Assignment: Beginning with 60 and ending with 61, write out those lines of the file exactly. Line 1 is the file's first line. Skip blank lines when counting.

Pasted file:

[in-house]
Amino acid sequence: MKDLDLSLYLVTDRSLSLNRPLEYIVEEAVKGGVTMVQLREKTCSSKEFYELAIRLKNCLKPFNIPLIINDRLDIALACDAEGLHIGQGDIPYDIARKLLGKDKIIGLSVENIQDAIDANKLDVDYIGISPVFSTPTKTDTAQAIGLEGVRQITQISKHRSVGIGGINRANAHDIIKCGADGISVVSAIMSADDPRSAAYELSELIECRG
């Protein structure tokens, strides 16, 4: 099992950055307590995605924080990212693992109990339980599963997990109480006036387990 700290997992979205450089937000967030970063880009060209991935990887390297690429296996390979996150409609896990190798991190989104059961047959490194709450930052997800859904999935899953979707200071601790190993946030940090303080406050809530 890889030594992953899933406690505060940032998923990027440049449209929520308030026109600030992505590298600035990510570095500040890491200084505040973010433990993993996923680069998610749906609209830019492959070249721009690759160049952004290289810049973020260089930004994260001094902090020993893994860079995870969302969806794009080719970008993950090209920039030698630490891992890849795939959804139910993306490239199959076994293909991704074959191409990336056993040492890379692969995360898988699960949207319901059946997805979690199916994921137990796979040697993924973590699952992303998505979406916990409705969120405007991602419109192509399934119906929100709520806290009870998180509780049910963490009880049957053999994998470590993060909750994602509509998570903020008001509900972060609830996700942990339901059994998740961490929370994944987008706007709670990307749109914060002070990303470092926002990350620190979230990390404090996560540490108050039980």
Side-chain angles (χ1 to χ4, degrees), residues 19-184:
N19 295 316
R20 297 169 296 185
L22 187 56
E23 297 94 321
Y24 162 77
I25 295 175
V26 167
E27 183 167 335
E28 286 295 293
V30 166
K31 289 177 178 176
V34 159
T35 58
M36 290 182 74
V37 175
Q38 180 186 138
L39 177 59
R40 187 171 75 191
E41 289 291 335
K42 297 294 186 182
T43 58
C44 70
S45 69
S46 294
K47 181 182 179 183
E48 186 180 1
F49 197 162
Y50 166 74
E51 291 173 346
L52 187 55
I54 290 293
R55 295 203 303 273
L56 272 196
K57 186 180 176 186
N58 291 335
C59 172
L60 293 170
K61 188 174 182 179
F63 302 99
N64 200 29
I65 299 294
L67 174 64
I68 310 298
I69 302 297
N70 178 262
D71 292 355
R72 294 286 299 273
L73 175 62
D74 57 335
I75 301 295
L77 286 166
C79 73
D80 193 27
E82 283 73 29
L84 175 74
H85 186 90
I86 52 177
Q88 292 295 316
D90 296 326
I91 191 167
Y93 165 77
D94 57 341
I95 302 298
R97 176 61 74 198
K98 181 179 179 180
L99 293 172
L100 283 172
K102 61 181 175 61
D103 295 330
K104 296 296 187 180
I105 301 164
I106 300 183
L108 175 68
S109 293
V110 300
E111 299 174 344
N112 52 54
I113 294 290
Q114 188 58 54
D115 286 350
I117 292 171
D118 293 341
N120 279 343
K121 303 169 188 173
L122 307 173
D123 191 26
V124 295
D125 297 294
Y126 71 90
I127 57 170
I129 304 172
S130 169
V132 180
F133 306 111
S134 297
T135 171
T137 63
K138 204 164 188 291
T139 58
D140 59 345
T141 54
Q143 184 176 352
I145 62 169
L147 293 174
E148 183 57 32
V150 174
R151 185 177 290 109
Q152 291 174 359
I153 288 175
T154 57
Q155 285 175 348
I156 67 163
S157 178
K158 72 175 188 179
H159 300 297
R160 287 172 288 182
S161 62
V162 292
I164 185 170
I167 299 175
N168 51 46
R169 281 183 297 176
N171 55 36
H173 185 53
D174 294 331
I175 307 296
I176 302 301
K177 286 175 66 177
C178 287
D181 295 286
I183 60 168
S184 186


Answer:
H85 186 90
I86 52 177